There has been a church on Ludgate Hill dedicated to St. Paul, London's patron saint, since 604. The Normans began building another cathedral on this site in 1087. By the 17th century it was in a state of decay and in 1634 Inigo Jones was employed to restore it to its former glory.
On 2nd September, 1666, the Great Fire of London destroyed a large area of the city including St. Paul's Cathedral. Sir Christopher Wren was given the task of designing and rebuilding St. Paul's - a task that was to take him thirty-five years to complete. The most dramatic aspect of St. Paul's was its great dome. It was the second largest dome ever built (the largest was St. Peter's Basilica in Rome). Both domes were based on the one in the Pantheon built by the ancient Romans.
When Christopher Wren died in 1723 he became the first person to be buried in St. Paul's Cathedral.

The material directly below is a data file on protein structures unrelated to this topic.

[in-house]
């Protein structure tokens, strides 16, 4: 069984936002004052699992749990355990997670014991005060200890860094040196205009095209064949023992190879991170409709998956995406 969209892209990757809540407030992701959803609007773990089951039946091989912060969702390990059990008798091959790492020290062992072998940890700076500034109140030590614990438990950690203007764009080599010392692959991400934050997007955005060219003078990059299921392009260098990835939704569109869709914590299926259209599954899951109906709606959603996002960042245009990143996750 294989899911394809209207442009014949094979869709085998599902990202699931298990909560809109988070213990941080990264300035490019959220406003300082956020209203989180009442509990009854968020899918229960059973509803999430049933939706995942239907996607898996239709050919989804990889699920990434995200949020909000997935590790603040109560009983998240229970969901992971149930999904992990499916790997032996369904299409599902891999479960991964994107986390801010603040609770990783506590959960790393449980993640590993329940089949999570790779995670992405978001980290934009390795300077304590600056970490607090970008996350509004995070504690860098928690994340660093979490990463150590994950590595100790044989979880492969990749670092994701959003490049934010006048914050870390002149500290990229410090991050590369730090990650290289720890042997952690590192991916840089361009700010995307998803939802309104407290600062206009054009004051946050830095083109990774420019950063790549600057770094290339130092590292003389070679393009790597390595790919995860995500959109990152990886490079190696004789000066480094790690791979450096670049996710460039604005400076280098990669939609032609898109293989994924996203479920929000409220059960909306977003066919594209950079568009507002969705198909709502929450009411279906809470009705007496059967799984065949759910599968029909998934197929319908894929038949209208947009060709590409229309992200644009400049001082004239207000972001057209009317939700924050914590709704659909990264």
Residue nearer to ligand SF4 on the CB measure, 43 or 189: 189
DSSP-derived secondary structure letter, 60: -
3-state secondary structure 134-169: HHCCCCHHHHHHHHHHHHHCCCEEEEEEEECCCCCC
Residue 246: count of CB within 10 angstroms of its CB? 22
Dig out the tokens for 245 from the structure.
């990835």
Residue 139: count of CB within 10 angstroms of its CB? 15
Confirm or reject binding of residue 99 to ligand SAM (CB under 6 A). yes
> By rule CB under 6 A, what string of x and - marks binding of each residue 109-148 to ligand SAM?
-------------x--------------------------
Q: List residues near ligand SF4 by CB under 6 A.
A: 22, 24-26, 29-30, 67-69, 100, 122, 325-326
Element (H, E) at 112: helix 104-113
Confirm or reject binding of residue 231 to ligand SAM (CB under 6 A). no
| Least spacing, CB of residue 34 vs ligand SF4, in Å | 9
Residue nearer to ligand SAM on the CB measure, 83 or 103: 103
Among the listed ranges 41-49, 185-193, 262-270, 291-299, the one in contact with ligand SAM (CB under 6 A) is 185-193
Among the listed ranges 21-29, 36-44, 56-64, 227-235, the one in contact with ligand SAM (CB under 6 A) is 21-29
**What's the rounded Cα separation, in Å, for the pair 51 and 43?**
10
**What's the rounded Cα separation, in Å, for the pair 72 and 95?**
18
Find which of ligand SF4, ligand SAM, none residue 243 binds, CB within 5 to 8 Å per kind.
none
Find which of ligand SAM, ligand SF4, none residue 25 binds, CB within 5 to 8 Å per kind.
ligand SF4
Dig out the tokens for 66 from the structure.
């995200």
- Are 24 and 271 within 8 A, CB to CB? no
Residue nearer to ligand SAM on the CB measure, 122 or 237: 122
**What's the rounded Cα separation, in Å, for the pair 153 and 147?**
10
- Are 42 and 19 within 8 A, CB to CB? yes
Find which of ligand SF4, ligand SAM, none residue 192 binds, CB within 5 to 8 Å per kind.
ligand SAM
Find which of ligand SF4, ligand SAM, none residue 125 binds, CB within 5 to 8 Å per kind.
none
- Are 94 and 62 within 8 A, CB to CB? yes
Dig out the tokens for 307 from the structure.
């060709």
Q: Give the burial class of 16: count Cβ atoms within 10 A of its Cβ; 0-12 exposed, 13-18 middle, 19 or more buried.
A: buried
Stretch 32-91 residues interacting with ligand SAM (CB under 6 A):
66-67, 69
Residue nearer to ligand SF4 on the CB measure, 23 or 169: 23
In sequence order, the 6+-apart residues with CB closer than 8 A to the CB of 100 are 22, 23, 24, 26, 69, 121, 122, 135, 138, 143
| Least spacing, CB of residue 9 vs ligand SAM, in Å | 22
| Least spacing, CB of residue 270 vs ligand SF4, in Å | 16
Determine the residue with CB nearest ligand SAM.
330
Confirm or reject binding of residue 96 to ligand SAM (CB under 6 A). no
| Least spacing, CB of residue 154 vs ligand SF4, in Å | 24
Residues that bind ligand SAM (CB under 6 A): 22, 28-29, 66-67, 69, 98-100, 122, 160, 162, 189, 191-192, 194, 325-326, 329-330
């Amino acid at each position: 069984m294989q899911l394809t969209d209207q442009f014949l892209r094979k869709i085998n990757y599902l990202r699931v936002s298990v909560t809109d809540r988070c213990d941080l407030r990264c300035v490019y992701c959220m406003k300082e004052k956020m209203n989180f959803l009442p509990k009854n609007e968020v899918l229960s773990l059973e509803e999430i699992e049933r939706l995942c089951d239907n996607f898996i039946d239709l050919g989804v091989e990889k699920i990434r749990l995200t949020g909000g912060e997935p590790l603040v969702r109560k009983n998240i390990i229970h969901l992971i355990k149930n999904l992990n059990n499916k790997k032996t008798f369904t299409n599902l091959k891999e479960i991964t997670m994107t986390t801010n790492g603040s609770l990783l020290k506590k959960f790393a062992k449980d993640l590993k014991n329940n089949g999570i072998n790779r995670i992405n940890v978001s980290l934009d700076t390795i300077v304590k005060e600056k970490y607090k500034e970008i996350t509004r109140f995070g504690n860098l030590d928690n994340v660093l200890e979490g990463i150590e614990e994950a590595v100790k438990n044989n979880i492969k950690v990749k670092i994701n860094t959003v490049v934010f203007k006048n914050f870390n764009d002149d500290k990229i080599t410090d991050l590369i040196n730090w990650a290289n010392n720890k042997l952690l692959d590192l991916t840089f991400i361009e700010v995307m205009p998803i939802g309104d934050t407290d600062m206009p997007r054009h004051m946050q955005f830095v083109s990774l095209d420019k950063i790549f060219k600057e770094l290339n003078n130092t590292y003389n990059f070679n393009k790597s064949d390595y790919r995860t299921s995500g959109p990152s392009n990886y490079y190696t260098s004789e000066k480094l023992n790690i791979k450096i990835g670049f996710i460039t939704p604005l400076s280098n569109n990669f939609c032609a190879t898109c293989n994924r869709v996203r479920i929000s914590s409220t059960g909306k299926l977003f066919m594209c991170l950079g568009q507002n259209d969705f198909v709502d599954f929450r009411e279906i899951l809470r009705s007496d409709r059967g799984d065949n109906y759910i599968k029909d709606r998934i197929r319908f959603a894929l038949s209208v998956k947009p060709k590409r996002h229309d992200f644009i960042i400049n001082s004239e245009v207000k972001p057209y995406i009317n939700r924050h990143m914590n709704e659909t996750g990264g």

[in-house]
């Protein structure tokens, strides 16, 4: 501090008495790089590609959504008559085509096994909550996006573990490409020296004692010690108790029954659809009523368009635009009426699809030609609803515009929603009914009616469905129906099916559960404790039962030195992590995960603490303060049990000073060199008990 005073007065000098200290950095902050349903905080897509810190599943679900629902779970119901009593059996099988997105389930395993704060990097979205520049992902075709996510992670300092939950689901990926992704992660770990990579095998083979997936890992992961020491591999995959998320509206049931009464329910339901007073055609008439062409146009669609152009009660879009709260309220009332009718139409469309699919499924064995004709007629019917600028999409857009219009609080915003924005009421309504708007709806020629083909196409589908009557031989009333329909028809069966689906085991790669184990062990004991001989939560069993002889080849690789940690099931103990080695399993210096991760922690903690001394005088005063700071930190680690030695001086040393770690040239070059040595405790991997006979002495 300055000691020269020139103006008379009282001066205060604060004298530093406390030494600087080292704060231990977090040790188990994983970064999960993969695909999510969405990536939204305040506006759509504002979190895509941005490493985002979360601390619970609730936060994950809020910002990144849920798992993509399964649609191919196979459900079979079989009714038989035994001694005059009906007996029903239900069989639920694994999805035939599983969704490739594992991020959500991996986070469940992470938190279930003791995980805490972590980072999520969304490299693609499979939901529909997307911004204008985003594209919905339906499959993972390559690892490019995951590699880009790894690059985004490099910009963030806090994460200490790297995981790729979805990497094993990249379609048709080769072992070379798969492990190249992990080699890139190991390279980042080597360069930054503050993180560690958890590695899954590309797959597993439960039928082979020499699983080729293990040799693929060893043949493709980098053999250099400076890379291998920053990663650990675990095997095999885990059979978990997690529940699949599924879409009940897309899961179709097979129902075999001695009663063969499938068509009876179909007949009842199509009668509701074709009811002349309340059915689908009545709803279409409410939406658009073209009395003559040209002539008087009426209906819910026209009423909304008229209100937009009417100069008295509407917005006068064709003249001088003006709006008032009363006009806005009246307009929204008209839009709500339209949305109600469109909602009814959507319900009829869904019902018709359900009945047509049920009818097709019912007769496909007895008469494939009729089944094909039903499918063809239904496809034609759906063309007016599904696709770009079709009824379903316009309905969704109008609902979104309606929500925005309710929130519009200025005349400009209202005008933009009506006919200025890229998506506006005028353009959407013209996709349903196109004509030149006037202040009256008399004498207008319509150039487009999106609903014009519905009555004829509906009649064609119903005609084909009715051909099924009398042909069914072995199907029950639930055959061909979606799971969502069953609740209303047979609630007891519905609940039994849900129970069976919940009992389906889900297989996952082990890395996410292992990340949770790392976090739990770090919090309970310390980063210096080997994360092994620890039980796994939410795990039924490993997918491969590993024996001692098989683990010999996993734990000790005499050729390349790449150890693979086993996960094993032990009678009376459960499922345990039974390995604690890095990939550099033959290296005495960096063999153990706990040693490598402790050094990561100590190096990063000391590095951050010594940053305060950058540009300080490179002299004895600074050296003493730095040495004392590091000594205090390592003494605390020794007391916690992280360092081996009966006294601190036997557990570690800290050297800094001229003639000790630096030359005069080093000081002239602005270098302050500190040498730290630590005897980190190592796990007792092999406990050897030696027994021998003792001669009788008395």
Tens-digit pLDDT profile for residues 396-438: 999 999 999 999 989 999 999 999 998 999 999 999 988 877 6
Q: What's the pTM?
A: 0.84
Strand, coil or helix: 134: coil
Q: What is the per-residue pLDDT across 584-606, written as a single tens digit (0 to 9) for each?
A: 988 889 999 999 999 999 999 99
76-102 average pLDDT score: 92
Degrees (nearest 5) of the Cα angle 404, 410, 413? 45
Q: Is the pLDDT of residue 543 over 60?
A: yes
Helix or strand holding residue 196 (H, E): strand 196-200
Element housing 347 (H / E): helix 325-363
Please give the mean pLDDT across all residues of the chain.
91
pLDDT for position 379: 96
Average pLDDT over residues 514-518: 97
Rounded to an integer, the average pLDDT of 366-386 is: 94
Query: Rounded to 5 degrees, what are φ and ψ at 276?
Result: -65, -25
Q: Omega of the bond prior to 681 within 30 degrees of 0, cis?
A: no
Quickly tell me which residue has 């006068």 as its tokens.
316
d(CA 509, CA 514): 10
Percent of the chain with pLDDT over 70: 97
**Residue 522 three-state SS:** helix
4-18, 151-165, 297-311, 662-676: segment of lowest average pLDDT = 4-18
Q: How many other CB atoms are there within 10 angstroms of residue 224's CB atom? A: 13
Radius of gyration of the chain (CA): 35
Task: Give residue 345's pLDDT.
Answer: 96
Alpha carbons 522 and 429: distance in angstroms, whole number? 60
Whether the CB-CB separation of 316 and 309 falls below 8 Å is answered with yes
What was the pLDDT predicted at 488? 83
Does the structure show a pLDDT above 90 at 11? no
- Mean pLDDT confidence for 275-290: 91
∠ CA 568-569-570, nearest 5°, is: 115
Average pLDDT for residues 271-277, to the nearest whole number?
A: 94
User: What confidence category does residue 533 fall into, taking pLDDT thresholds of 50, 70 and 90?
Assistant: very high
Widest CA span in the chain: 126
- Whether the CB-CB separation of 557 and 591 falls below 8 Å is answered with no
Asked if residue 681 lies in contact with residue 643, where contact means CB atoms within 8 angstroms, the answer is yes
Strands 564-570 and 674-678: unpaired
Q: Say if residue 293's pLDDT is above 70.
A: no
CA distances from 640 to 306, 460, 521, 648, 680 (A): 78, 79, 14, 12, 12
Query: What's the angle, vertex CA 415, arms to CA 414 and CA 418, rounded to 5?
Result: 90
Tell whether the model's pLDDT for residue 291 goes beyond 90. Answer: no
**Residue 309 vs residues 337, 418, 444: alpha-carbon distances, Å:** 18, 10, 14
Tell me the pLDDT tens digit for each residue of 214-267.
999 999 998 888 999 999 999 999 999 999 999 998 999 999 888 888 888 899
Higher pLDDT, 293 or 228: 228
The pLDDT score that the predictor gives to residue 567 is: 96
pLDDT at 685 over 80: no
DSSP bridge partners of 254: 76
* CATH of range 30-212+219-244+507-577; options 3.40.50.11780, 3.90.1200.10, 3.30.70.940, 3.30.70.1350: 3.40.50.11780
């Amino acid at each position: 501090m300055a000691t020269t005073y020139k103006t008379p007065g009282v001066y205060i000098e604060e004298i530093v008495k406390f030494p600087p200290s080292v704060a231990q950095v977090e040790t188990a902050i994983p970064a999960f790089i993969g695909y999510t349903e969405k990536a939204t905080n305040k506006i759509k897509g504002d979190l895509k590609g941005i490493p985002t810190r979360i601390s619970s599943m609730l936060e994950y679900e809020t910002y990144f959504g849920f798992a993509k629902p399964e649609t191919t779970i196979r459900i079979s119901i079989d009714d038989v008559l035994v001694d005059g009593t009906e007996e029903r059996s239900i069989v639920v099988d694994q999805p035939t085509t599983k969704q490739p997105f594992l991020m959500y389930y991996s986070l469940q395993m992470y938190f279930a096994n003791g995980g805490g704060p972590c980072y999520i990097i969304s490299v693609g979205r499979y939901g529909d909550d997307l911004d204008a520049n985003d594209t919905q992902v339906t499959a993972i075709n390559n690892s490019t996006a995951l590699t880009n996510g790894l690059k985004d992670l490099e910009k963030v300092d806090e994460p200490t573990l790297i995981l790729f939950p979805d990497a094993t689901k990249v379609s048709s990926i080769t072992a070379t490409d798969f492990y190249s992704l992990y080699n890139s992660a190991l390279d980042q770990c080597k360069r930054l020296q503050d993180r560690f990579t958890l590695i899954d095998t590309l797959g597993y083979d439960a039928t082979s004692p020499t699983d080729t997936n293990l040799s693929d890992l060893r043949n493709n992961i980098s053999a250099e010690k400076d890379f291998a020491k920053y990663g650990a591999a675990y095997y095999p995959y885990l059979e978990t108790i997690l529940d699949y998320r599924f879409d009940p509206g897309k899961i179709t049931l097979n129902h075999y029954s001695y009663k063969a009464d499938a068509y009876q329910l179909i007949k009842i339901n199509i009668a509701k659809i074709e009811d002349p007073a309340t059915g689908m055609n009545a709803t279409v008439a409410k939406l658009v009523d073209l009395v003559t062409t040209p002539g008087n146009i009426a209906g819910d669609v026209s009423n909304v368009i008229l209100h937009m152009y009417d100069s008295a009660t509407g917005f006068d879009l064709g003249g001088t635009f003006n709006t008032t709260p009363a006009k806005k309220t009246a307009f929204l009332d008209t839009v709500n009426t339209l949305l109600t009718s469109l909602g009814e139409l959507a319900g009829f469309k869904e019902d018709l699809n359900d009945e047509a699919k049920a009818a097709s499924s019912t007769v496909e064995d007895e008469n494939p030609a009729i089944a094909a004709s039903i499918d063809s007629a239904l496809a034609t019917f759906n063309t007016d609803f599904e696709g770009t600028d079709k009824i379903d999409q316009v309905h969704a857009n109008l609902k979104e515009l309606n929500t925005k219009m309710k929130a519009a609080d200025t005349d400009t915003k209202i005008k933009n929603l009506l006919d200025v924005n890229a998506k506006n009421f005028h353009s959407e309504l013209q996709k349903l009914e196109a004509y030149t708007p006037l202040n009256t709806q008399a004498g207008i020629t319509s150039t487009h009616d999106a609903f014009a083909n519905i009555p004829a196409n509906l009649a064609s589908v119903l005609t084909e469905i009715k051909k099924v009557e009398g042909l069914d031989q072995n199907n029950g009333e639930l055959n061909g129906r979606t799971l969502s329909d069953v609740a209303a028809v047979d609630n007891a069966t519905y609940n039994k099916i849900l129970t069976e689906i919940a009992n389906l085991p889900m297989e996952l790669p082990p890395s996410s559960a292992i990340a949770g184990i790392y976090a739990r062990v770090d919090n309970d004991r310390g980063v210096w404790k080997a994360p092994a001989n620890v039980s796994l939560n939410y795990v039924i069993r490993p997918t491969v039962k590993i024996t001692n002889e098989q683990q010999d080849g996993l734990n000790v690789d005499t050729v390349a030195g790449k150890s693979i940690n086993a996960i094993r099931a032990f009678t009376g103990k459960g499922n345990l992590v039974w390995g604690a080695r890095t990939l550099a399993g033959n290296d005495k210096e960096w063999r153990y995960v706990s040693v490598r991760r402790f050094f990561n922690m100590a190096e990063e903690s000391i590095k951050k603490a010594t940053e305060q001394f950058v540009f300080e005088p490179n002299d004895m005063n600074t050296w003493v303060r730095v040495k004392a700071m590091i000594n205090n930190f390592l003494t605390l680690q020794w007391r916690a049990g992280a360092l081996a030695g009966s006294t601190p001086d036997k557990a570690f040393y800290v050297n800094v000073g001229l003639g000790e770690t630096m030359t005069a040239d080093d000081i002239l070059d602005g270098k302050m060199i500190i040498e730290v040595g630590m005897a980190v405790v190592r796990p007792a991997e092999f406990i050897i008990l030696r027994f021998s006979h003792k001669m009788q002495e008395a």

The great cathedral of St. Paul's was burnt by fire. It has since been rebuilt by a tax on coal. It is now almost finished and is very magnificent. The body of the church is not quite done. The church is going to be closed on the top with a large dome.
The cathedral of St. Paul's is exceedingly beautiful. The church of St. Peter's in Rome, which is believed to be the most magnificent in the world, only exceeds St. Paul's in the magnificence of its inside work; the painting, the altars, and the oratories, things, which, in a Protestant church are not allowed.
The entrance to the west end is by three doors, with bassorelivos over them: the one in the centre, which is much larger than the others, is cased with white marble; and the sculpture over it represents St. Paul preaching to the Bereans. At the entrance the vista has a very impressive effect.